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origami provides access to clean waterPaper for Water is a non-profit organization located in Dallas, Texas that transforms lives through origami practices. In 2011, two sisters, Katherine and Isabelle Adams, ages five and eight years old, discovered that millions of people in the world do not have clean water resources. Furthermore, in impoverished countries, young women often skip school to walk miles in search of clean drinking water. So, the Adams sisters decided to make a difference by handcrafting origami ornaments for donations to build a well for an Ethiopian community. After raising more than $10,000, when their original goal was to raise $500, the Adams sisters established their corporation, Paper for Water. Here is how origami provides access to clean water.

Now, Katherine and Isabelle Adams, ages 14 and 16, work alongside hundreds of volunteers across North Texas. Since 2011, Paper for Water has raised over $2 million, helping fund 200 water projects in numerous countries. Paper for Water has trained over 1,000 people the art of folding origami. It has graced over 48,000 people with access to clean water through implementing water wells in deprived communities.

Paper for Water and Education

Additionally, Paper for Water educates local communities in the global water crisis. There are approximately 2.5 billion cases of diarrhea every year in children less than five years old. Diarrhea accounts for about 760,000 deaths in children under five years old annually. Diarrhea is now the second leading cause of death in children across the world, advancing AIDs, malaria and measles combined. Caused by unsafe drinking water and poor sanitation conditions, diarrhea is one obstacle developing communities across the globe face.

Paper for Water stresses the importance of clean water well building through their past 120 educational talks, which reached 14,000 people. Paper for Water’s informational efforts gained the attention of influential social media platforms, such as Nickelodeon’s HALO Effect, the Kleenex Corporation, Martha Stewart Living, People Magazine and CBS.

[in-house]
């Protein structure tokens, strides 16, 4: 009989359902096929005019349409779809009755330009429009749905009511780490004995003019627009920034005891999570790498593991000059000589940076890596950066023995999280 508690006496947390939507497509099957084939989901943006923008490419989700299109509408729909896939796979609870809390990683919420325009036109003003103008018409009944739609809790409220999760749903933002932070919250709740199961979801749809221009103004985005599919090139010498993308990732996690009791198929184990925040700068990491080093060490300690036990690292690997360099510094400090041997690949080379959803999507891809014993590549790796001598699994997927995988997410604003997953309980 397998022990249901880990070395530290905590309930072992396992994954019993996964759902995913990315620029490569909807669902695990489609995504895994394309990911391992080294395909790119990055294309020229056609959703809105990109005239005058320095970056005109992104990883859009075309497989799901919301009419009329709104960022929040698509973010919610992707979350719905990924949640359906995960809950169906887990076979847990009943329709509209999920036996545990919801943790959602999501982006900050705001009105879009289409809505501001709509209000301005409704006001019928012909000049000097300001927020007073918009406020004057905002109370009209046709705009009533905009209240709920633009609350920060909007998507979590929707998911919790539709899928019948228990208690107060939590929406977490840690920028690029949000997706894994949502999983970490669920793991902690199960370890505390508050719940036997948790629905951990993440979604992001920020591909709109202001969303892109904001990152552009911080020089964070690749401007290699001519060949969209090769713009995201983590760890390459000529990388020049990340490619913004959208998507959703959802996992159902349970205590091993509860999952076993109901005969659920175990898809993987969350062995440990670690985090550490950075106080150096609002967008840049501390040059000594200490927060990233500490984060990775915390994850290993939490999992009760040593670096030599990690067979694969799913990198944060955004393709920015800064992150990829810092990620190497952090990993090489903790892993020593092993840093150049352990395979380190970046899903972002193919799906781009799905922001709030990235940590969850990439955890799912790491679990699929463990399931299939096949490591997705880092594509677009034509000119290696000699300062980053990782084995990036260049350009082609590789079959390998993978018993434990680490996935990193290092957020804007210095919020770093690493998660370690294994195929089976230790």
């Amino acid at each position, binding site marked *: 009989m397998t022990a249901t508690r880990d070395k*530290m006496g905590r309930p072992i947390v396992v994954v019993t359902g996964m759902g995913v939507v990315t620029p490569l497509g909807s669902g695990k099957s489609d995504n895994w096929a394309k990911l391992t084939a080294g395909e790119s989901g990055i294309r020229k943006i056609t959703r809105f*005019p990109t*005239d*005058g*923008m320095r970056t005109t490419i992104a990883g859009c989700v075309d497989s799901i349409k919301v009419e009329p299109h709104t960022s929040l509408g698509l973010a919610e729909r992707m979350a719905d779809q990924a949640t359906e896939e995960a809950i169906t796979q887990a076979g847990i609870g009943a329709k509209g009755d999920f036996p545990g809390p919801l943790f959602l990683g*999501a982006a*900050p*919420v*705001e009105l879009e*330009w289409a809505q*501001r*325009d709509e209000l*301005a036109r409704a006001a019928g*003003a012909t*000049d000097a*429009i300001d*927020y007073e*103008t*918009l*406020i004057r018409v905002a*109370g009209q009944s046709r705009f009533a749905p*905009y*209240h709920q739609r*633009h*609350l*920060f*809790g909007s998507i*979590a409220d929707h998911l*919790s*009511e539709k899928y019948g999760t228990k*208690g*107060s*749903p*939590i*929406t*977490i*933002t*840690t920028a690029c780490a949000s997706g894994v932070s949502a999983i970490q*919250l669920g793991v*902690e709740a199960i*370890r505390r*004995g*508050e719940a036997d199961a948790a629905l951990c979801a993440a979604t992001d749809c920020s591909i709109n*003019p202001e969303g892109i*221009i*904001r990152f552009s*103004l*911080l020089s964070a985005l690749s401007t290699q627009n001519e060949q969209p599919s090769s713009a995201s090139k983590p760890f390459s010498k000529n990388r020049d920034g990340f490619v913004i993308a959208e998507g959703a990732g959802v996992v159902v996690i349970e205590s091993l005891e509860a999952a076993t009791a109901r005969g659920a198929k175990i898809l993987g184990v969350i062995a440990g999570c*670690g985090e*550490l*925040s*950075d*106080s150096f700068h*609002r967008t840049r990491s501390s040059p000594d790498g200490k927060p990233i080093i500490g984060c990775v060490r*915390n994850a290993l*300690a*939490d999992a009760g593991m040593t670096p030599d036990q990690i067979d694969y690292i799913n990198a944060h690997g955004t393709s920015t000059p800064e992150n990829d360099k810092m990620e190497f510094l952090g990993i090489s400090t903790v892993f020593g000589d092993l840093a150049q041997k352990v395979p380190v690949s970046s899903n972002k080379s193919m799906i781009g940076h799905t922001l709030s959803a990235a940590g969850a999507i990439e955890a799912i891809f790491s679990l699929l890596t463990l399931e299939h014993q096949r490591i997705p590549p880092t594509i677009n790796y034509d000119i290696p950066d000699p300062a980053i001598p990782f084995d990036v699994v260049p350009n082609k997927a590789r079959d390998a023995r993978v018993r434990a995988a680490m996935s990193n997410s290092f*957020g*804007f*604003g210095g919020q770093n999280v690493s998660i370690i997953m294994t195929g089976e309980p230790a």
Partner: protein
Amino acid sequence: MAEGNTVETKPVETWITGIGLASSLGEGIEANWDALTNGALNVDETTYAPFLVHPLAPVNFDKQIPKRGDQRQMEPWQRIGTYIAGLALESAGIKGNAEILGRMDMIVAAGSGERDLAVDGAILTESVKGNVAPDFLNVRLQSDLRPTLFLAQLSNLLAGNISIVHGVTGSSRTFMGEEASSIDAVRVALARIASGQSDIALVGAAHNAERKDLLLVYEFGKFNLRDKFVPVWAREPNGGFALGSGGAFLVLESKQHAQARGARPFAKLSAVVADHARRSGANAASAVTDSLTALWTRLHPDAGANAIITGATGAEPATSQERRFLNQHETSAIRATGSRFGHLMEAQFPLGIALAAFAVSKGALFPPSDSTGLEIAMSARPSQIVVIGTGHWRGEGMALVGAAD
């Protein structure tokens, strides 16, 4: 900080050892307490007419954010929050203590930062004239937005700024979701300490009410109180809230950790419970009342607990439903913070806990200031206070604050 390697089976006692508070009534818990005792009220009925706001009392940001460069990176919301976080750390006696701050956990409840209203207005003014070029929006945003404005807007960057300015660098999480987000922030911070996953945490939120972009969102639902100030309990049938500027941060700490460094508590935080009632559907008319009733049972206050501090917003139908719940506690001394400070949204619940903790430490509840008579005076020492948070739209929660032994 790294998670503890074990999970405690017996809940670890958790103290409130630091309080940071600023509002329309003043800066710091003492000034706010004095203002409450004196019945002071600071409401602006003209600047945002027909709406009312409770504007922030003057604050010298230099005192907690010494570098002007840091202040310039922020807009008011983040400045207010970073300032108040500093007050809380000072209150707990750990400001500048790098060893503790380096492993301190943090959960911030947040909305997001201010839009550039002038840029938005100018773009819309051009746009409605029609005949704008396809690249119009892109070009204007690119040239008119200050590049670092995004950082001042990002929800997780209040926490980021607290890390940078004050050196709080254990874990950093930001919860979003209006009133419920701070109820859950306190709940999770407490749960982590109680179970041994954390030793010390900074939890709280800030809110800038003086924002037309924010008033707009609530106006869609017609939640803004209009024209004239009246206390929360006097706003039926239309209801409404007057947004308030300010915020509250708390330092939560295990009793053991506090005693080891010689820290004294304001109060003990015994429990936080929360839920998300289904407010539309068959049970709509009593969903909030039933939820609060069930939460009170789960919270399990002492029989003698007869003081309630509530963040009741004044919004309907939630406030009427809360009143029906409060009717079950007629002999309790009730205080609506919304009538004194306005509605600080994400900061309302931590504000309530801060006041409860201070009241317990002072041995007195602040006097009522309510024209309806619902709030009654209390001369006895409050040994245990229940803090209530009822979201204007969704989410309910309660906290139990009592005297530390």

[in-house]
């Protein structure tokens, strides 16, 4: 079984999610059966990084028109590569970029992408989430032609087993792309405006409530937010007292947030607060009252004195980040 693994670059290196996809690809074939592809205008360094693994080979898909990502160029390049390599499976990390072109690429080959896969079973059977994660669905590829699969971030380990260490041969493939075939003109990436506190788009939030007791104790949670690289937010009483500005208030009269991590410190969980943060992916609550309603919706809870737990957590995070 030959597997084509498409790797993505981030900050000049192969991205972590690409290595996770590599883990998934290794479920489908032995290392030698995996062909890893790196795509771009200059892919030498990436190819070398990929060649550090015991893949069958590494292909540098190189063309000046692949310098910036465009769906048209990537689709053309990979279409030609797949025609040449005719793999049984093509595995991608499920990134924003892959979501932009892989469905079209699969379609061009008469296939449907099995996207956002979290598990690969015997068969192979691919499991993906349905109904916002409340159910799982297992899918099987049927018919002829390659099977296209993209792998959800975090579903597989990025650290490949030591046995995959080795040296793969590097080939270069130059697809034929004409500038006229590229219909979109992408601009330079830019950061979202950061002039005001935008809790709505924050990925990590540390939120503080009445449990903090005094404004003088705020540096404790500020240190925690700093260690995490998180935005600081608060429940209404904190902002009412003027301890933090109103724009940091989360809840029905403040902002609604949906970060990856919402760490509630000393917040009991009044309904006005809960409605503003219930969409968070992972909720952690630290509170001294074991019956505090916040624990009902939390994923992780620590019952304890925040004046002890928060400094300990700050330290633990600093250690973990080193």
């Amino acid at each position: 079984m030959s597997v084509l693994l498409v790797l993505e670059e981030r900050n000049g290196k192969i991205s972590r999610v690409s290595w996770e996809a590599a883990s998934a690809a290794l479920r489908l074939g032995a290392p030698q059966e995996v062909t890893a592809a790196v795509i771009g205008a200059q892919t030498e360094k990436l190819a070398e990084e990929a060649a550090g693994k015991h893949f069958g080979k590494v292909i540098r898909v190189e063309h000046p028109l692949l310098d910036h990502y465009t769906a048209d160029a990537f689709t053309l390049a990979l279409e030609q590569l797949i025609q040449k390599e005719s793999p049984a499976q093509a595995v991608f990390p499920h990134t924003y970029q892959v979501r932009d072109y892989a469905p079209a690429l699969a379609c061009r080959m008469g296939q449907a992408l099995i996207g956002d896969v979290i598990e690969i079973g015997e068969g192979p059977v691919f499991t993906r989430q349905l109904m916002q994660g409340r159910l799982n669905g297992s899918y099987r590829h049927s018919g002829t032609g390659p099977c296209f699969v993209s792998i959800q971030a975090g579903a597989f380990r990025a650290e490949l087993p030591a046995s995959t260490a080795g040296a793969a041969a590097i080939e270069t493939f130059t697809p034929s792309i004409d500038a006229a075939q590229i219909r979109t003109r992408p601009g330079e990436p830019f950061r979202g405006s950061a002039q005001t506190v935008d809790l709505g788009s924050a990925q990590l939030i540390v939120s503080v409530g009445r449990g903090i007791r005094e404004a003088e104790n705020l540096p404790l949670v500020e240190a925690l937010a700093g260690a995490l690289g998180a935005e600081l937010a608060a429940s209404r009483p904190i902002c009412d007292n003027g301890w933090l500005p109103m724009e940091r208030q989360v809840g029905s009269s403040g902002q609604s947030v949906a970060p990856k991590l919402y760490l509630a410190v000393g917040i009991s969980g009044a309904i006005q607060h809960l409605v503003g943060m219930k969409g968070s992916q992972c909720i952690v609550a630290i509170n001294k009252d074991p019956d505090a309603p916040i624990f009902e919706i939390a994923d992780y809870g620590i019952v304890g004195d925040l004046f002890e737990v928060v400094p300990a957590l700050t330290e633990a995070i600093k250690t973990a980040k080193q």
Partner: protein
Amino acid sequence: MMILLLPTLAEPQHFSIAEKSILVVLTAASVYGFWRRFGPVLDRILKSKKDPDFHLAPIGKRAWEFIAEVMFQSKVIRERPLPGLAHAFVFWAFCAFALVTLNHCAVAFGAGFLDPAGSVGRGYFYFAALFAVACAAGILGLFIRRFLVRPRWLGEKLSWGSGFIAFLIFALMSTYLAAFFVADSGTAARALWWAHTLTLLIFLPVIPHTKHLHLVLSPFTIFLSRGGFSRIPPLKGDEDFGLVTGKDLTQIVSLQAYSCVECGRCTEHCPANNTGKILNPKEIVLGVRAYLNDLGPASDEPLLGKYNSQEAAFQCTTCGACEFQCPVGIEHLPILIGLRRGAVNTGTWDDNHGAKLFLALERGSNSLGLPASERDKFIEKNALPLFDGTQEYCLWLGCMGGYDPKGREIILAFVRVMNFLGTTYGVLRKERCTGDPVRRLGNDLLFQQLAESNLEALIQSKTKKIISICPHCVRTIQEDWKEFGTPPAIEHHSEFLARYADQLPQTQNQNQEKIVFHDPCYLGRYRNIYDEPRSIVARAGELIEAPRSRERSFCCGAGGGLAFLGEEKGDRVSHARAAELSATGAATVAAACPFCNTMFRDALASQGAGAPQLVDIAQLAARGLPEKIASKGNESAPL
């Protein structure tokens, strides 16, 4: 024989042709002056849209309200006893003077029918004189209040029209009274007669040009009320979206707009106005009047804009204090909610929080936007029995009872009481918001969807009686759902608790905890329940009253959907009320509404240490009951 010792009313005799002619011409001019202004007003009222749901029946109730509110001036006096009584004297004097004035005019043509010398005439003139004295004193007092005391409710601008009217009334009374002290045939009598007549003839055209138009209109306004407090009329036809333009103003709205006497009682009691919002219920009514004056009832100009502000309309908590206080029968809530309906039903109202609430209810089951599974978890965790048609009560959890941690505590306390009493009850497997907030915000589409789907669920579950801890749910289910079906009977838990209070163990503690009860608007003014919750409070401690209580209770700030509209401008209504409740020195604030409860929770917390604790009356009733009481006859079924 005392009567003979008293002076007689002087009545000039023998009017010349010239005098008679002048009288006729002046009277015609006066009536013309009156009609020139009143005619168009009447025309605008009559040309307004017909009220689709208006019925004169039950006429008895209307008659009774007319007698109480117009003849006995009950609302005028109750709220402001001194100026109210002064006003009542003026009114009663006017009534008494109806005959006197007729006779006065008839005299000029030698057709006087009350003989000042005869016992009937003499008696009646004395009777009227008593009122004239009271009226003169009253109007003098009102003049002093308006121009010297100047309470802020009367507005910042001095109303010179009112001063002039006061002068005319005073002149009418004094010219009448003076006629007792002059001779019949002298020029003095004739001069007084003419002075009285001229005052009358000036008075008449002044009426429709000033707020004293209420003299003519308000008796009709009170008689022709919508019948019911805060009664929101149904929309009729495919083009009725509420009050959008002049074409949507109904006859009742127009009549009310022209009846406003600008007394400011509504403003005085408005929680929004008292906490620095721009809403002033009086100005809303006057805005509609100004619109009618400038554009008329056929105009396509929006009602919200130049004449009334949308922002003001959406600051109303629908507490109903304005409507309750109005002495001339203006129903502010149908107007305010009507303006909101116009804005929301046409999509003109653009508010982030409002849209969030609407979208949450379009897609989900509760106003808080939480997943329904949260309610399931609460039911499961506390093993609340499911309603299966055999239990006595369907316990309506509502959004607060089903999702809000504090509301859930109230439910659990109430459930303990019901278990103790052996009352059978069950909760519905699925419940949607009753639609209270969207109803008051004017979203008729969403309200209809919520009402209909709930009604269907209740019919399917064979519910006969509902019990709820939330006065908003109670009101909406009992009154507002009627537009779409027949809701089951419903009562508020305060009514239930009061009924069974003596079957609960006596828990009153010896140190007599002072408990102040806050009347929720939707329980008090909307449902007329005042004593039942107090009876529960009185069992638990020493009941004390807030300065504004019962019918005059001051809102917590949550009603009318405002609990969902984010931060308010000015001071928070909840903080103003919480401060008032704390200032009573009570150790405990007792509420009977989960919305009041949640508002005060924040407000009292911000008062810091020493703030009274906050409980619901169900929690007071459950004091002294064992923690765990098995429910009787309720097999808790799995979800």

Where Paper for Water Does Business

Paper for Water currently sells its origami ornaments on their online store and in some temporary stores as specified online, such as Neiman Marcus and Galleria Dallas. The beautiful, ornate decorations are Paper for Water’s primary source of financial donations. Each profit from an ornament sold goes straight into Paper for Water’s efforts of water well building abroad. So, with each paper folded, with each origami created, Paper for Water provides access to clean water. Nevertheless, Paper for Water relies on monthly donors of $10 a month to help maintain its goal of installing one water well per month.

Paper for Water has partnered with businesses across North Texas, instituting large installations of their elegant crafts. In 2017, Paper for Water constructed 350 origami ornaments for Neiman Marcus’ Christmas Book. This partnership with Neiman Marcus enabled two schools in Kenya to receive water wells. Galleria Dallas and Mo Wax Visual partnered with Paper for Water in 2018, crafting over 4,000 origami butterflies for their “Fold to Flight” display. Galleria Dallas Mall provided Paper for Water with a temporary store during the summer installation. The Crow Museum of Asian Art’s Lotus Shop in Downtown Dallas also installed a Paper for Water exhibit. The magnificent origami piece exhibits a collaborative project with Ekaterina Lukasheva, a famous origami artist.

Current Partnerships and Success

Paper for Water also has partnerships across the United States through its essential volunteer base. Multiple groups of volunteers appear across the nation, consisting of the Well Wishers Group, the Paper Dolls Group, Paper for Water’s Youth Representatives Worldwide, NorthPark Presbyterian Church, Volunteers of All Ages Group and several families and school clubs across America. With the help of volunteers making origami ornaments, the organization can make a difference and administer clean water resources globally.

Paper for Water is transforming lives one piece of paper at a time. Through designing origami pieces, the organization combines art and philanthropy, supplying the world’s thirsty with clean water wells. Paper for Water hopes to end the world water crisis and continues to make and sell origami ornaments every day. Paper for Water’s website provides multiple options to get involved in the cause, from purchasing origami ornaments to learning how to make origami to volunteering or donating monthly. 

– Kacie Frederick 

Photo: Flickr